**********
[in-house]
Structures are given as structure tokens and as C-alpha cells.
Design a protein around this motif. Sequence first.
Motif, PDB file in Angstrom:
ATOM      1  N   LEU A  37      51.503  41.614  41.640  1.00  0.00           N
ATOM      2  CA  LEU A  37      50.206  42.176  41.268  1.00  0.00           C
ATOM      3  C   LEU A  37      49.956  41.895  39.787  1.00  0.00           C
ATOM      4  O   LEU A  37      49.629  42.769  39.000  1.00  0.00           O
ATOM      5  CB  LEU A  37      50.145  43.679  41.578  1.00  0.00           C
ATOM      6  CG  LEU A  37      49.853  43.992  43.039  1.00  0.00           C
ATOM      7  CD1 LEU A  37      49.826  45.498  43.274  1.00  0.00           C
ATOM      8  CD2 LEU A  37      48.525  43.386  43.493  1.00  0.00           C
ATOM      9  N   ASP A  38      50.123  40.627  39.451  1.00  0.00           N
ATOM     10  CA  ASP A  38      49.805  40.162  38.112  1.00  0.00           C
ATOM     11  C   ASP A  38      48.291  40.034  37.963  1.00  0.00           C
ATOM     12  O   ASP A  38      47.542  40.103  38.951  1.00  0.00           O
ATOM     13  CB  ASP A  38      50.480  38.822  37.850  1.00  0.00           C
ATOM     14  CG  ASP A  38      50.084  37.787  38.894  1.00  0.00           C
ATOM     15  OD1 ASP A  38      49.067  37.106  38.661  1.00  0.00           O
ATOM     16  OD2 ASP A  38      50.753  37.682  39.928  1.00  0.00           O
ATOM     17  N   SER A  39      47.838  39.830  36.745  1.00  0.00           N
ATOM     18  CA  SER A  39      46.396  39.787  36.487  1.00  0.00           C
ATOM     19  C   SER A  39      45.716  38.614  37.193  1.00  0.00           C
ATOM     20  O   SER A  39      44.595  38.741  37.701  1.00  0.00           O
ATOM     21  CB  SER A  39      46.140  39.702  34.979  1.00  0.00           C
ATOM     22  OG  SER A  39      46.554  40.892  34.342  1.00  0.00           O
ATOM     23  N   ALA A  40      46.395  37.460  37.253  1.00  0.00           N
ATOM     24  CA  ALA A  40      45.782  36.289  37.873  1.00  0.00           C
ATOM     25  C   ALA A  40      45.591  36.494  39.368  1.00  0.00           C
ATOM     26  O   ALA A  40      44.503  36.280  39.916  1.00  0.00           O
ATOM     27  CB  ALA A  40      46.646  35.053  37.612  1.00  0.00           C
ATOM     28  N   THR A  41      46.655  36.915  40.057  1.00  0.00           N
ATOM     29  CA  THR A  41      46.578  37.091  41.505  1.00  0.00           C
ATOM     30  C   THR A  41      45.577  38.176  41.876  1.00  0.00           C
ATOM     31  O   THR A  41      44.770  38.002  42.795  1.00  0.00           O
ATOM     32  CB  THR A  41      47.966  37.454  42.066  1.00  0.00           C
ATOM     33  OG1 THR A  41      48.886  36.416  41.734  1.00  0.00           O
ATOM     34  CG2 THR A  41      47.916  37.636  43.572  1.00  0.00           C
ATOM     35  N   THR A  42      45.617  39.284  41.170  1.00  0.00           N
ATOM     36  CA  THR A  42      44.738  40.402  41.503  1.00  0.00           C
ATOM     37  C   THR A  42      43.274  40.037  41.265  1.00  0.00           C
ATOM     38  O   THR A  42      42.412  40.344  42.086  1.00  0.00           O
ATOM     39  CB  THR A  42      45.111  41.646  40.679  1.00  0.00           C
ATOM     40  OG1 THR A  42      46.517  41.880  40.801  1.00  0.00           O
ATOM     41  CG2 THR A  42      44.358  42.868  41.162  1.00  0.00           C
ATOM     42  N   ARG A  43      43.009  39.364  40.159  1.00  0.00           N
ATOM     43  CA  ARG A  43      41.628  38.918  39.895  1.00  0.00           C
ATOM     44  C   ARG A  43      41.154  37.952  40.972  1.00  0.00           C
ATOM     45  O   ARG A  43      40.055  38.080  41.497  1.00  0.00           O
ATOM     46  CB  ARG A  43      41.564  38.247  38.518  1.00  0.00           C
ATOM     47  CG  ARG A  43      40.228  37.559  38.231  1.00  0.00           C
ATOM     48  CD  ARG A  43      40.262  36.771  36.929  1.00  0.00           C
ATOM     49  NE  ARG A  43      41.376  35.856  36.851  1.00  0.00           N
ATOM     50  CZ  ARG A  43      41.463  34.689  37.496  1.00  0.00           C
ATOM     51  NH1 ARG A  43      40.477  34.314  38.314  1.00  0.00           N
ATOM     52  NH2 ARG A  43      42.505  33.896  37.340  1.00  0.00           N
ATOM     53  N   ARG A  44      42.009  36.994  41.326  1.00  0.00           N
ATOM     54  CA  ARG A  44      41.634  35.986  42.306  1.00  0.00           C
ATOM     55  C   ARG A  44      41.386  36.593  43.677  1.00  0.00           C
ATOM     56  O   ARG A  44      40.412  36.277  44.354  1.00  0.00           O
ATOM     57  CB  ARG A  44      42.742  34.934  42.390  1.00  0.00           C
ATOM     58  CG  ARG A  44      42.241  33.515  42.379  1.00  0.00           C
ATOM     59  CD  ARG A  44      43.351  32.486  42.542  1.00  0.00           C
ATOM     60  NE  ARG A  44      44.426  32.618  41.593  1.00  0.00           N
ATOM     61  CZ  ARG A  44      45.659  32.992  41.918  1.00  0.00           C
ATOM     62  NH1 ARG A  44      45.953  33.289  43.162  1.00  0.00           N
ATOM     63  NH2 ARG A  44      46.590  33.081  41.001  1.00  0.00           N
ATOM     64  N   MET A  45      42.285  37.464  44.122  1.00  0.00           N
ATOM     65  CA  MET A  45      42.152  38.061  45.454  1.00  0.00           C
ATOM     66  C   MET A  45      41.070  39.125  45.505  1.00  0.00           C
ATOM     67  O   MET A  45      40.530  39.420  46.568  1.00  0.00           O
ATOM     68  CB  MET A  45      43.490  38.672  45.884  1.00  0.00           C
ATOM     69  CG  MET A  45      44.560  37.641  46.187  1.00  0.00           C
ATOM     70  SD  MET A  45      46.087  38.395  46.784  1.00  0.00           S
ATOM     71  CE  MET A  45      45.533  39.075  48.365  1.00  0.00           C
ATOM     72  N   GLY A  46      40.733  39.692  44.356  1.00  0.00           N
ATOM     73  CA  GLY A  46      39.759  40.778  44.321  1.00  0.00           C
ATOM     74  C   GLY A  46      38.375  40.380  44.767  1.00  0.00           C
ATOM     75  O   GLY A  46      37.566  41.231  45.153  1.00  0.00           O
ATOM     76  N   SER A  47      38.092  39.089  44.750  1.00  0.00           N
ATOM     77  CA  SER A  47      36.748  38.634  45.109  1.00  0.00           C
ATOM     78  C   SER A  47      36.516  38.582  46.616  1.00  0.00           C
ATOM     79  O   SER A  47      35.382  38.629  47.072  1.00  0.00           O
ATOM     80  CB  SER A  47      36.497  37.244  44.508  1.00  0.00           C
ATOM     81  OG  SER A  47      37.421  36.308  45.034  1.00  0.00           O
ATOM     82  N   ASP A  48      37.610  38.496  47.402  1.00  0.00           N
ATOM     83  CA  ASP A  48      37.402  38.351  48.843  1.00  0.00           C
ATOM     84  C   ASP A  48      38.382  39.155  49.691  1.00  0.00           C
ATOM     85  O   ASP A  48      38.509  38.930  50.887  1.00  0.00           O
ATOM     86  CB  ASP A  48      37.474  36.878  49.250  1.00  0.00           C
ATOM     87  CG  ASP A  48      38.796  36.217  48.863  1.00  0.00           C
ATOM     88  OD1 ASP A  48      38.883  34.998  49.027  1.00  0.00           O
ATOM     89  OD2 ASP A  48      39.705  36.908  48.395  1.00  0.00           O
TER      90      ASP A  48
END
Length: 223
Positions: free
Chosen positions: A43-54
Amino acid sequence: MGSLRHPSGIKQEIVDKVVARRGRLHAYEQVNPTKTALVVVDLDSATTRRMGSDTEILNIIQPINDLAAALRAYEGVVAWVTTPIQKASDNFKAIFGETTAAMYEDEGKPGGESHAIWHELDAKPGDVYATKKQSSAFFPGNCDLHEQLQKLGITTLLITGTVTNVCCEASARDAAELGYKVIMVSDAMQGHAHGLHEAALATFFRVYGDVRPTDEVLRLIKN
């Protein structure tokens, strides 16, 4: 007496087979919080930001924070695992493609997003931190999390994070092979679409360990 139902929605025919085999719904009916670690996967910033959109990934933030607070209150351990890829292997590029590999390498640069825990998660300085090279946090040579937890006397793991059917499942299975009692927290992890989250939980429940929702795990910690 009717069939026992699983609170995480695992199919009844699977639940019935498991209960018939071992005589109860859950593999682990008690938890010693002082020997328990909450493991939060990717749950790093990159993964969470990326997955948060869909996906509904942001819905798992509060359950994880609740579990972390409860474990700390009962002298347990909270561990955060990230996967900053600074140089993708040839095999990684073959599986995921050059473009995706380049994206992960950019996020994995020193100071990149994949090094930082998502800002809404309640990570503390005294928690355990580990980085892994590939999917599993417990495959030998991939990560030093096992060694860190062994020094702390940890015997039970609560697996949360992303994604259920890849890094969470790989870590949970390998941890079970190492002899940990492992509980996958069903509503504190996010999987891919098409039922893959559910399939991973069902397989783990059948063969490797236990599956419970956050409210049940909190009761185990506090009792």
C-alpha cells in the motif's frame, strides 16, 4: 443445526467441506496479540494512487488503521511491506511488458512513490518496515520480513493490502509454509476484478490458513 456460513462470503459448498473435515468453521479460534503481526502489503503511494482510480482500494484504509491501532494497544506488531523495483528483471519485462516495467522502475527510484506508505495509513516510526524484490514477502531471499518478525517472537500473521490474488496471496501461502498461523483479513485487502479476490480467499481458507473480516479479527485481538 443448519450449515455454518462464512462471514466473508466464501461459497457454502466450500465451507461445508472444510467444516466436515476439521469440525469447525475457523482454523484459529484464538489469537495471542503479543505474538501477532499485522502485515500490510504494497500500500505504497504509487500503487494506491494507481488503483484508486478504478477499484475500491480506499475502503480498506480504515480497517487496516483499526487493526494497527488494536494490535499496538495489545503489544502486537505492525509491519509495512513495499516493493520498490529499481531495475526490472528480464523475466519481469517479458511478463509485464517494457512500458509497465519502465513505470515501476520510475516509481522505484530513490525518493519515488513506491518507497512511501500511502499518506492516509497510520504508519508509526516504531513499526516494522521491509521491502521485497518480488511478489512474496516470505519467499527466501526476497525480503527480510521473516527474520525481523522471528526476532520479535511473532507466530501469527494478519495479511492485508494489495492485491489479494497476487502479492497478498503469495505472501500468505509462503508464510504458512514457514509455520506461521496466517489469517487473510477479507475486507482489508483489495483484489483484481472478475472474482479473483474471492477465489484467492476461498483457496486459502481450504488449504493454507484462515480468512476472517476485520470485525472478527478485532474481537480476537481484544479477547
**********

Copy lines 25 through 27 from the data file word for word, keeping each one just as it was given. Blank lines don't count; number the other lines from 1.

ATOM     21  CB  SER A  39      46.140  39.702  34.979  1.00  0.00           C
ATOM     22  OG  SER A  39      46.554  40.892  34.342  1.00  0.00           O
ATOM     23  N   ALA A  40      46.395  37.460  37.253  1.00  0.00           N